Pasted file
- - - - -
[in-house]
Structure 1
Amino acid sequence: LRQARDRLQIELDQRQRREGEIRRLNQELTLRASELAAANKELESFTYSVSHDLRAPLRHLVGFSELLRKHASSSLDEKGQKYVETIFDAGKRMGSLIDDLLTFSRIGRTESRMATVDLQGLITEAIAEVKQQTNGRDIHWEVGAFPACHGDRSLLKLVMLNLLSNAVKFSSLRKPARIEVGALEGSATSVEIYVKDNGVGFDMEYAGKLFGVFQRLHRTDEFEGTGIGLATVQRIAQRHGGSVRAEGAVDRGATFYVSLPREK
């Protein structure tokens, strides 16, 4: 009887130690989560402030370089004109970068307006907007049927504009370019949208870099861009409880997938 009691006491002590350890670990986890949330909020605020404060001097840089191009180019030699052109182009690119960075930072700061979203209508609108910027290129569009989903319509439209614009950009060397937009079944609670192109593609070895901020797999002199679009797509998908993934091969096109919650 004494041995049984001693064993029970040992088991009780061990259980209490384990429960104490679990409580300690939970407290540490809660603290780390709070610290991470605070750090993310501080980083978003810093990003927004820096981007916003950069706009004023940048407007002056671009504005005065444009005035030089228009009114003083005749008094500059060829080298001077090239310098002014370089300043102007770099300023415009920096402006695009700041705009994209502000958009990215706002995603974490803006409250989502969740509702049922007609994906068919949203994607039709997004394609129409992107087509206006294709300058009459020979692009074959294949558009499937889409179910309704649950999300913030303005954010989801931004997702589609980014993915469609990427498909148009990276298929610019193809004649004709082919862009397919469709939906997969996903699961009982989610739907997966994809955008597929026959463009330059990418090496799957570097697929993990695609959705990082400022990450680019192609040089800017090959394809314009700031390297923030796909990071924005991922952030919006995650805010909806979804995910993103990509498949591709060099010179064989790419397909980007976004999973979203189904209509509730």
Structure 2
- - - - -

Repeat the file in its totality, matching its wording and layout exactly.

[in-house]
Structure 1
Amino acid sequence: LRQARDRLQIELDQRQRREGEIRRLNQELTLRASELAAANKELESFTYSVSHDLRAPLRHLVGFSELLRKHASSSLDEKGQKYVETIFDAGKRMGSLIDDLLTFSRIGRTESRMATVDLQGLITEAIAEVKQQTNGRDIHWEVGAFPACHGDRSLLKLVMLNLLSNAVKFSSLRKPARIEVGALEGSATSVEIYVKDNGVGFDMEYAGKLFGVFQRLHRTDEFEGTGIGLATVQRIAQRHGGSVRAEGAVDRGATFYVSLPREK
């Protein structure tokens, strides 16, 4: 009887130690989560402030370089004109970068307006907007049927504009370019949208870099861009409880997938 009691006491002590350890670990986890949330909020605020404060001097840089191009180019030699052109182009690119960075930072700061979203209508609108910027290129569009989903319509439209614009950009060397937009079944609670192109593609070895901020797999002199679009797509998908993934091969096109919650 004494041995049984001693064993029970040992088991009780061990259980209490384990429960104490679990409580300690939970407290540490809660603290780390709070610290991470605070750090993310501080980083978003810093990003927004820096981007916003950069706009004023940048407007002056671009504005005065444009005035030089228009009114003083005749008094500059060829080298001077090239310098002014370089300043102007770099300023415009920096402006695009700041705009994209502000958009990215706002995603974490803006409250989502969740509702049922007609994906068919949203994607039709997004394609129409992107087509206006294709300058009459020979692009074959294949558009499937889409179910309704649950999300913030303005954010989801931004997702589609980014993915469609990427498909148009990276298929610019193809004649004709082919862009397919469709939906997969996903699961009982989610739907997966994809955008597929026959463009330059990418090496799957570097697929993990695609959705990082400022990450680019192609040089800017090959394809314009700031390297923030796909990071924005991922952030919006995650805010909806979804995910993103990509498949591709060099010179064989790419397909980007976004999973979203189904209509509730």
Structure 2